Kevlar construction.
Gorilla Glass (officially confirmed to NOT be on the Nexus)
"Splashguard" coating.
I've got a 3-year-old, and I'm not exactly the most graceful person myself. My next phone will get dropped and scratched.
Some other advantages too, like a removable SDcard.
Sure, it has a smaller screen, and no NFC chip (sorry Google Wallet!). Will be running Motorola-branded (not "Google Pure") Gingerbread out of the box, and will have to wait a few months for ICS (also probably not "Google Pure"). Non-removable battery (which could cause trouble in emergency situations).
But it is looking better for my actual use cases.

And then there is the HTC Rezound, formerly known as Vigor.
It's supposed to be in the same class as these two phones, but nothing has been announced about it officially yet. I don't know what that means.

It's a good thing I have some time to weigh the options and read the blogs.
I still don't think I will be waiting for the Galaxy S 3 (which could come in 6 months and might not be on Verizon), but the Nexus is not looking as shiny or obvious-choicey as it did. :/

Thursday, October 20, 2011

A post about phones

I've been venting about phones on social networks for months, so I might as well make it into a full blog post, now that the Signpost has opened up to more subjects.

"Feature Phone" (non-smartphone) users have an advantage: the advantage of ignorance. You get a phone, possibly for free-with-contract. You can use it as long as it lasts; literally until the battery will no longer hold a charge, or until you run over it with your car, or the carrier pries it away from your cold dead hands. When it's time for a new phone, you go into the store, get the cheapest one, they transfer your contacts, and you have another phone. You don't really explore the full extent of what your phone can do; or if you do that, it's about "the phone I have now", and not about the platform it's running on.

iPhone users have an advantage: the advantage of consistency. "The next iPhone" comes out, and you either get it or you don't. iPhone features are predictable and build on each other, and the experience is consistent. (Please note: I'm not trying to start a platform war in this post.)

Android users have an advantage: the advantage of diversity. Each phone has its own hardware advantages/disadvantages, its own take on the operating system, and its own little quirks. But sometimes, diversity is frustrating. And here is the motivation for my post.

I've got my original Motorola Droid, the flagship Android phone for Verizon from early 2010 (ed note: the Droid actually came out in late 2009, but I got mine in Mar '10). I love it, but it is like an elderly grandparent. It's showing its age, it can't keep up with the times.
I've put it on life support (rooted it and installed some helpful apps) to compensate for its weaknesses, but there's only so much you can do.
As luck would have it, my Upgrade Eligibility date is up in a few weeks.
And there are some really exciting phones being announced. The Motorola Droid Razr, the Samsung Galaxy Nexus, and the HTC Rezound right around the corner.
Watching the Razr and Nexus announcement events, it's really difficult to choose between them. The Razr has more physical durability and some cool Motorola-specific features; the Nexus has a bigger screen, an NFC chip, and ships with the latest version of Android (Ice Cream Sandwich). The Razr has a removable SDcard, the Nexus (probably?) doesn't. Etc etc.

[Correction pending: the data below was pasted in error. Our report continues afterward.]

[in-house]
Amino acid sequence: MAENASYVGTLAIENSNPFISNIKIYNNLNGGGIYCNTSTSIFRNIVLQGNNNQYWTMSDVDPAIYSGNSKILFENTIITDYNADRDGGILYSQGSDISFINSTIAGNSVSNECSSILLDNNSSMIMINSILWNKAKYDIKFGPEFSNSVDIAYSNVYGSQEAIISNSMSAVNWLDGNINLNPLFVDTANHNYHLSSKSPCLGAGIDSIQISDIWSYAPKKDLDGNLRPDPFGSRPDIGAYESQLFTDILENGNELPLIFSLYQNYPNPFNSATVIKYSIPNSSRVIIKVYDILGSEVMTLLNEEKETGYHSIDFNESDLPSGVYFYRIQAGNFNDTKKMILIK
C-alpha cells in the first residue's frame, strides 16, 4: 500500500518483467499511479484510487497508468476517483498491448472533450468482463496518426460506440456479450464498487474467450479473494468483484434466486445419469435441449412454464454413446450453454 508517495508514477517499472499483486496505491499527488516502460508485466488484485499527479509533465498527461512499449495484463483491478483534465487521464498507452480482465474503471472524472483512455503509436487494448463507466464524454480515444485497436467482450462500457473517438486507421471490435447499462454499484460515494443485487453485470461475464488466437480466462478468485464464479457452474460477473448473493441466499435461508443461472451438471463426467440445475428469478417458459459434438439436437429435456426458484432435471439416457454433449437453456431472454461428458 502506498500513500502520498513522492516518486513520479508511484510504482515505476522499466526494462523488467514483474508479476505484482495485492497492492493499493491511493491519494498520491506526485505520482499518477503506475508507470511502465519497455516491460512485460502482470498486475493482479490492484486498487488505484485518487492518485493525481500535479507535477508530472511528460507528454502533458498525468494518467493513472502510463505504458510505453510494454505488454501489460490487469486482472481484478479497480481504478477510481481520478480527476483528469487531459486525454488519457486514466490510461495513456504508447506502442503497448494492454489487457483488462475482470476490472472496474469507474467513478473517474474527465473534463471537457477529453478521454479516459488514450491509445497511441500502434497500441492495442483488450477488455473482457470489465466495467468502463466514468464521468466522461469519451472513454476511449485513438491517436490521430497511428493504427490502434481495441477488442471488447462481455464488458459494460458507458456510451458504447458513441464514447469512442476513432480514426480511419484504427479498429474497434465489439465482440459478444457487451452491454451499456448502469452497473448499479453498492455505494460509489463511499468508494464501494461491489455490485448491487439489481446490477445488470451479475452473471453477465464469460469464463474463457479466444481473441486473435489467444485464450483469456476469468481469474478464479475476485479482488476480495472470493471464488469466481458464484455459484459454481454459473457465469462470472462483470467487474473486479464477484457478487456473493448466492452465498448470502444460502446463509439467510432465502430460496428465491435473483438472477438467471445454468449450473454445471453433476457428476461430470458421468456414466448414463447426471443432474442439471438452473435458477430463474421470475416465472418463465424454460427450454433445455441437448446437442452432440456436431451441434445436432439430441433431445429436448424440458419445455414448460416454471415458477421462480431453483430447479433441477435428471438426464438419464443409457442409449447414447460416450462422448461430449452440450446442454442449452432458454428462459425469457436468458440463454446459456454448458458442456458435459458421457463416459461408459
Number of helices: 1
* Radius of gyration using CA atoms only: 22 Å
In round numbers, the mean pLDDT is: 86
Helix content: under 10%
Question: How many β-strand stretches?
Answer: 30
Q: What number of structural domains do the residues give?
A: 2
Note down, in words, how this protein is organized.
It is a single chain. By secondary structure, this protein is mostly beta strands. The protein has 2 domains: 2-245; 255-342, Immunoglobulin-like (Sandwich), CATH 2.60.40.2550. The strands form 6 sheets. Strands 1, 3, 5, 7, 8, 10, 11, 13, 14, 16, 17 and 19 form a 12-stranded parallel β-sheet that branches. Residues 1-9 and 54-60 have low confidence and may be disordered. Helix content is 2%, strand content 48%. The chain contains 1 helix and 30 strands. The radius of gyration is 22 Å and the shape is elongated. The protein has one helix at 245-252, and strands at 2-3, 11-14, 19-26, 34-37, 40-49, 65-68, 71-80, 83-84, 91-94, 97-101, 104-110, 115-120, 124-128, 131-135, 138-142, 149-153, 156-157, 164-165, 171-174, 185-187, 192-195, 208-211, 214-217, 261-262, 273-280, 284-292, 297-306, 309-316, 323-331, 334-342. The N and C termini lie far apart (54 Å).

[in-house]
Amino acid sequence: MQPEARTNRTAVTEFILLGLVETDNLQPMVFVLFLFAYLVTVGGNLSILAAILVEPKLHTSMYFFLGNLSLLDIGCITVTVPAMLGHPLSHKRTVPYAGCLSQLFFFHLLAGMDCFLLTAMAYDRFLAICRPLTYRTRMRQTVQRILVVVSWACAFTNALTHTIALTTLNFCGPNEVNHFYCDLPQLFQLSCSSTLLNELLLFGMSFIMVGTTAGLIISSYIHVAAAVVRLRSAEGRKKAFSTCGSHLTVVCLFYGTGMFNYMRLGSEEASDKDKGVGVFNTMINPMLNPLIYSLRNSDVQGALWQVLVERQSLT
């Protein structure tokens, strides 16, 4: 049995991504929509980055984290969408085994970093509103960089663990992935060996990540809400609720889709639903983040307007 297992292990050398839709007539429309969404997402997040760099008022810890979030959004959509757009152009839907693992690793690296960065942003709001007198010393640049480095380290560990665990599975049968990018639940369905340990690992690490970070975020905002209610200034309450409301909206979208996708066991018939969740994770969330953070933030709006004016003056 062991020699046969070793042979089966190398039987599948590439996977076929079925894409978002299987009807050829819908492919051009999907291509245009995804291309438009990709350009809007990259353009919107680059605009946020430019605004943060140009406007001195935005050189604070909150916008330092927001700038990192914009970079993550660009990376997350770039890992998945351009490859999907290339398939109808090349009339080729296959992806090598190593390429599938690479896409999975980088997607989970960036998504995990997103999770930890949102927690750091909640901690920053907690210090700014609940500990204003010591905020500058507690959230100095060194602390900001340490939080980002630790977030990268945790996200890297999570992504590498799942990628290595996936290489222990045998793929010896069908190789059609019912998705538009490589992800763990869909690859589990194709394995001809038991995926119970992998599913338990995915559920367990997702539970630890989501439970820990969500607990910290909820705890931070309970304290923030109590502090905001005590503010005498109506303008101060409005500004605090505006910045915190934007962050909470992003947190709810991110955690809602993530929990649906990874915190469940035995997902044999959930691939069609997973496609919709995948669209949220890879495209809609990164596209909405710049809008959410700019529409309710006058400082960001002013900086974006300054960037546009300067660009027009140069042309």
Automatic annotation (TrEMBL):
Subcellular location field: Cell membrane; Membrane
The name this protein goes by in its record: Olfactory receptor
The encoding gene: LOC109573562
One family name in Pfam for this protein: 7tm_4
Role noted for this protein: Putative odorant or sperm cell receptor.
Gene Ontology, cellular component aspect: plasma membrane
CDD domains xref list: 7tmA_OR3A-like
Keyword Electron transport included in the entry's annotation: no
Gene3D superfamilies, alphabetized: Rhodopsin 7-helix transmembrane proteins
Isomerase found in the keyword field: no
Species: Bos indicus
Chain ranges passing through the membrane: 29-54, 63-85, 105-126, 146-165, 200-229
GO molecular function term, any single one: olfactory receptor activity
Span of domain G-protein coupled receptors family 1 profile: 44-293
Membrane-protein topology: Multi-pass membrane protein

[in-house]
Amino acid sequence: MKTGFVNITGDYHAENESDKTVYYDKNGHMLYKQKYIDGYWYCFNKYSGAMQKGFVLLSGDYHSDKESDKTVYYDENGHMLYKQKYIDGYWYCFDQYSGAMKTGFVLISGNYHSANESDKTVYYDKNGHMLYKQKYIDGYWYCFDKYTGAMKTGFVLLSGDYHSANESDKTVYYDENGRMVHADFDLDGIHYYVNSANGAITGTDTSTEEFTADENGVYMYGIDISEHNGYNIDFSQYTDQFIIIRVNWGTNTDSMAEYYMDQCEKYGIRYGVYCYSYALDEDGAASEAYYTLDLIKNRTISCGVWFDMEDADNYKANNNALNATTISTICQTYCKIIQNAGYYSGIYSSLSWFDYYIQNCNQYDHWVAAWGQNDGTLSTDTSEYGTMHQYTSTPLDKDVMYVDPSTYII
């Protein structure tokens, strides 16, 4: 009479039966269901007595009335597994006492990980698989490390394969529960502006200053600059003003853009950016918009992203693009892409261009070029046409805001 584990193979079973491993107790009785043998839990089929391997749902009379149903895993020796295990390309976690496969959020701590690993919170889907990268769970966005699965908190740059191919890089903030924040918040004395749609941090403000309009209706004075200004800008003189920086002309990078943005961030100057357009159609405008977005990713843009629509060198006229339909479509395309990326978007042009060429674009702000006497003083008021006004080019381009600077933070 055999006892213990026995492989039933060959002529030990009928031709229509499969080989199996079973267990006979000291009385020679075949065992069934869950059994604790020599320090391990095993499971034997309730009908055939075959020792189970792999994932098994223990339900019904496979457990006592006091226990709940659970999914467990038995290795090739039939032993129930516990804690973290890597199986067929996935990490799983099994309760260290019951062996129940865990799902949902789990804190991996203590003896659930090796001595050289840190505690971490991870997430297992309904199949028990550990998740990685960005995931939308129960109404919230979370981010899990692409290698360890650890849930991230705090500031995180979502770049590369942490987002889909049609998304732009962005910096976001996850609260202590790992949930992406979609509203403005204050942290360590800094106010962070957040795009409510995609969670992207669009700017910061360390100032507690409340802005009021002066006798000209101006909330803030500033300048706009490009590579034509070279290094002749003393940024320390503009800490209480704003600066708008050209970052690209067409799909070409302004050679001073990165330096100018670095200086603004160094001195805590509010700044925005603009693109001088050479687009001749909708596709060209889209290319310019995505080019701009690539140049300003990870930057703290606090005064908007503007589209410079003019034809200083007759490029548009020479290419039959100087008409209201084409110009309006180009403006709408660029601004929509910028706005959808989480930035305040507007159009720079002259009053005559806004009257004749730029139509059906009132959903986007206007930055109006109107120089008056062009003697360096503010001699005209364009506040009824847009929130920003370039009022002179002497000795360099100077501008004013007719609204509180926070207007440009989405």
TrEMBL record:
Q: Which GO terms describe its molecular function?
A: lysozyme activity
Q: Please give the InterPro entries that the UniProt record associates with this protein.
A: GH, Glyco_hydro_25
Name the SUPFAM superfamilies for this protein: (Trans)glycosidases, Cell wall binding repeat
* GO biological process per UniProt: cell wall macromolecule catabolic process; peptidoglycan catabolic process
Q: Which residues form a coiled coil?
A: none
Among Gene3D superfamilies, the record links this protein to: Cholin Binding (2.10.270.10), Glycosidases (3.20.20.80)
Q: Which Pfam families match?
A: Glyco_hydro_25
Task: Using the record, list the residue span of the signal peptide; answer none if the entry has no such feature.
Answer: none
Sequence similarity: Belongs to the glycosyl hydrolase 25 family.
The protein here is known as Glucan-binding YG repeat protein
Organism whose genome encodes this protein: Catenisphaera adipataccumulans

I'm leaning toward the Nexus, and it will be a HUGE step up for me, but it is not my "perfect" phone.
For one thing, no physical keyboard; this seems to be an unloved feature in newer Android phones, but something I'd actually use.
There are other ways that I'm sure the Nexus isn't "perfect", but I can't verbalize all of them.

But my goal is to get a phone as soon as possible after my Upgrade Eligibility date, so that I have the best phone I can possibly have for the next 18 months. Right?

Well, maybe not.

There are rumors of "the NEXT NEXT BIG THING" coming out later next year.
Of course these rumors are always there. Of course the longer you wait, the better product you'll get. It is the way of tech.

But maybe, just maybe, the NEXT NEXT BIG THING (Quad-core processors, even-HighDefier screens, more gigabytes, whatever) is super-duper enough that it could actually -- *gasp* -- last me more than one Upgrade Cycle, without me feeling left behind in a year and a half.

In the meantime, though, I'd need to continue to limp along with my old Droid, for up to another year, and maybe even fix it up more so I don't keep treating it as low-class. And there's no guarantee of when the next advance in Android Technology will come.

Sigh, this is the dilemma of a gadget geek.

Friday, October 14, 2011

And more about CSS

CSS was the one thing that really wasn't focused on at jquerycon weekend (I took an entire day overview of HTML5, but CSS was just incidentally spoken about in talks).
So this stuff is particularly new to me.

I really wish there were a way to have semantics in CSS for "next to"

Something along the lines of:

#div1 {
nextTo: #div2 side(right) top(30px);

to say "div1 is on the right side of div1, 30 pixels down." and have them stick together. At least for use with IDs. Obviously it can be worked around in javascript, or the math can be done in advance, but that's a pain.

Anyway, this brings me to programmatically-created CSS.
This basically gives me 3 options: LESS, SASS, or PHP/roll-my-own script.
I have to explore these options to see which one is worthwhile, if any.
They all basically do the same thing; allow for variables and less repetition when writing, but outputting standard CSS to the browser.